SS: It’s an annual tradition in Denmark: Each Autumn, when the chestnuts fall from the trees, children assemble small chestnut dolls out of chestnuts and matches and display them in windows, class rooms or the like. It’s a nice cozy children’s game. One Autumn day a few years ago I came to pick up my youngest in kindergarten and I saw the kids assembling chestnut men while they were singing a children’s song: ”Chestnut man, do come in, Chestnut man, do come in”. To me the invitation sounded creepy even though the context was so innocent. Or maybe exactly because the context was innocent. Anyway, I decided to follow my anxieties and use the small doll as a signature on a scene of crime.
“I prefer my stories to be challenging to my main characters, and I guess that’s why I tend to like the ‘dark.’ My characters should be up against something monstrous, so why not worst case scenarios?” -Søren Sveistrup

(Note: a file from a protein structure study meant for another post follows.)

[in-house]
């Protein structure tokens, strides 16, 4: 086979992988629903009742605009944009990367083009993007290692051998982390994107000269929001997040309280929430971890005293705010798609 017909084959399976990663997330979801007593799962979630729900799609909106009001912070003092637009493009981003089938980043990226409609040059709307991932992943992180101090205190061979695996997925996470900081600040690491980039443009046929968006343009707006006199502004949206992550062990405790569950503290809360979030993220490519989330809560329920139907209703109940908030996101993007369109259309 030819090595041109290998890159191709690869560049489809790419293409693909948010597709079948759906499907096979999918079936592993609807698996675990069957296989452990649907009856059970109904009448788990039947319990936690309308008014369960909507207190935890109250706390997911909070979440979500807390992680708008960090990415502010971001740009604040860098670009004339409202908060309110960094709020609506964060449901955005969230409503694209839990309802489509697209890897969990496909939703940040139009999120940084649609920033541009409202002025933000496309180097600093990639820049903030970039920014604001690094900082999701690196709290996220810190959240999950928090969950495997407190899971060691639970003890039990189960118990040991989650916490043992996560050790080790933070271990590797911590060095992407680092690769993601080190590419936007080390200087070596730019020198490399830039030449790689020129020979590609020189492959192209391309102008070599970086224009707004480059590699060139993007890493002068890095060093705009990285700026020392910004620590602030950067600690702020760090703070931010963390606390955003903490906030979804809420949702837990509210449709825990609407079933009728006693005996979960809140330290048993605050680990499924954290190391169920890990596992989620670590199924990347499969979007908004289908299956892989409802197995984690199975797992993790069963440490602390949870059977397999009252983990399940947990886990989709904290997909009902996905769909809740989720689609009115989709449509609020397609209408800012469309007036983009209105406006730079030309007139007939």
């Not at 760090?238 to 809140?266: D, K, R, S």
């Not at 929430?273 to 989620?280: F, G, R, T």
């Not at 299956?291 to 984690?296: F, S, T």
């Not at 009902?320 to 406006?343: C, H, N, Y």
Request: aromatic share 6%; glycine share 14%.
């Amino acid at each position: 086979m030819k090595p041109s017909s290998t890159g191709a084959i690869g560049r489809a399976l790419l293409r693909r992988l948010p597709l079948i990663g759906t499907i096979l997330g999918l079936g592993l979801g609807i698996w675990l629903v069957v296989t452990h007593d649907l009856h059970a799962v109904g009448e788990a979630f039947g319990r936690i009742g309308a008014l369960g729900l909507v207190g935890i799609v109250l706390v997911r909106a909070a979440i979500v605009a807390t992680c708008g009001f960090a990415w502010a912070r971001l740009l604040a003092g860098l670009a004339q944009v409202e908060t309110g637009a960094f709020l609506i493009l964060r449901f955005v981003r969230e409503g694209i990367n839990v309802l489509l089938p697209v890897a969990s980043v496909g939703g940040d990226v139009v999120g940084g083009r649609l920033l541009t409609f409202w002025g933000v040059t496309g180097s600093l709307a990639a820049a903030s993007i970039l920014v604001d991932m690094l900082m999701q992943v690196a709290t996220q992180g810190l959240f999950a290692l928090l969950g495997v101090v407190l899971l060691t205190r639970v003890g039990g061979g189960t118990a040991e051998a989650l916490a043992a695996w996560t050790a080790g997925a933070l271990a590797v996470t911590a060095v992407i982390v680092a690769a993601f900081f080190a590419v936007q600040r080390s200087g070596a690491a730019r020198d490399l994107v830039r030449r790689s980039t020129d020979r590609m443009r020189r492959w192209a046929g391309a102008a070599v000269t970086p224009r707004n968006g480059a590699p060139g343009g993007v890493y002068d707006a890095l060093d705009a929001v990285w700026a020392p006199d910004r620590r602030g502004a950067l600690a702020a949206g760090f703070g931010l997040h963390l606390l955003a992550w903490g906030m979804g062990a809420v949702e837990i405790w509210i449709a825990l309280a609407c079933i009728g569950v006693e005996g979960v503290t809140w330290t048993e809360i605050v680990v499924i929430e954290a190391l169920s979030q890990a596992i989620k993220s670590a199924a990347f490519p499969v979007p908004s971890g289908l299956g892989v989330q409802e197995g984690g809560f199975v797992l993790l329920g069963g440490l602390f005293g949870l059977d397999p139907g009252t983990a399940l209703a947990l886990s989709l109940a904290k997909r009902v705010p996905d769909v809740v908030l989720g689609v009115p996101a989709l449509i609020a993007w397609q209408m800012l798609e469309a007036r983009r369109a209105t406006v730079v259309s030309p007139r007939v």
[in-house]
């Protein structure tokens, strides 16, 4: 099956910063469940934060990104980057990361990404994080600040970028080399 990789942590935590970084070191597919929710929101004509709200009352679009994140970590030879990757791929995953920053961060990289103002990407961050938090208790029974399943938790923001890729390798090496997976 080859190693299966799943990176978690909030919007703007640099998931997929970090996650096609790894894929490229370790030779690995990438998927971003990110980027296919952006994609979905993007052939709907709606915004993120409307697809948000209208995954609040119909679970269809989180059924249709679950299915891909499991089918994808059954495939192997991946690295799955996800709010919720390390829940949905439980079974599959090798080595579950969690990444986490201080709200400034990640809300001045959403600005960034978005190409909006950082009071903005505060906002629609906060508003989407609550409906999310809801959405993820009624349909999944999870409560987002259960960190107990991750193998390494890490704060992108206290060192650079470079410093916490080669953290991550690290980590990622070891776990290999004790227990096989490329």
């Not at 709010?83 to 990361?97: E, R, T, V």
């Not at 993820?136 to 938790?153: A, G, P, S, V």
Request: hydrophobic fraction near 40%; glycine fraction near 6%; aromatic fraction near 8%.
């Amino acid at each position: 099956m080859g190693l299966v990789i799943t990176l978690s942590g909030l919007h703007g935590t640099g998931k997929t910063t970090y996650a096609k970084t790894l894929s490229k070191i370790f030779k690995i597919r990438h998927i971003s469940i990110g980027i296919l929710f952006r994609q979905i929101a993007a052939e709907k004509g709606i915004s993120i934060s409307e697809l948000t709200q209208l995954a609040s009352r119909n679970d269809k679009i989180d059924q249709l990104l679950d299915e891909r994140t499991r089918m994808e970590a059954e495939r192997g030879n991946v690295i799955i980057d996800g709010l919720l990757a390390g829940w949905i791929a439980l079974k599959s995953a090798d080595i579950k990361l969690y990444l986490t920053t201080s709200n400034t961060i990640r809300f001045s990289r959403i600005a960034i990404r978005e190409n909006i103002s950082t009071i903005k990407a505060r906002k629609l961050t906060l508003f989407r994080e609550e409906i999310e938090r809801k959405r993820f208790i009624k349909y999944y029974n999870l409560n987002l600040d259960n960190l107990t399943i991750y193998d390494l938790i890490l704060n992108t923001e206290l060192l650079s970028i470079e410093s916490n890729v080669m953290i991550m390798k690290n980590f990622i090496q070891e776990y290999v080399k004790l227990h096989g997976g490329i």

CBTB: You set The Chestnut Man in Copenhagen, where you live. Tell us about Copenhagen - what made this beautiful city the perfect location for such a chilling thriller?
SS: First of all, I like Copenhagen very much. The city is more than a thousand years old but the last few decades it has been changing more and more into a very modern and fancy European capital. The modern Scandinavian architecture and design are almost obvious and the style appears perfect and flawless. On one hand I like it a lot, on the other hand I think there’s something scary and alienating about it. Maybe it’s the coolness of the style. Or the pureness. It’s as if it expresses Nordic urban civilization at its finest, but at the same time suppresses nature. It’s a big contrast to the fields and the forests outside the city borders.
CBTB: You are perhaps best known as the creator of the brilliant crime TV show The Killing. How did you make the shift from TV to novel writing? Was writing a novel always a long-term goal for you?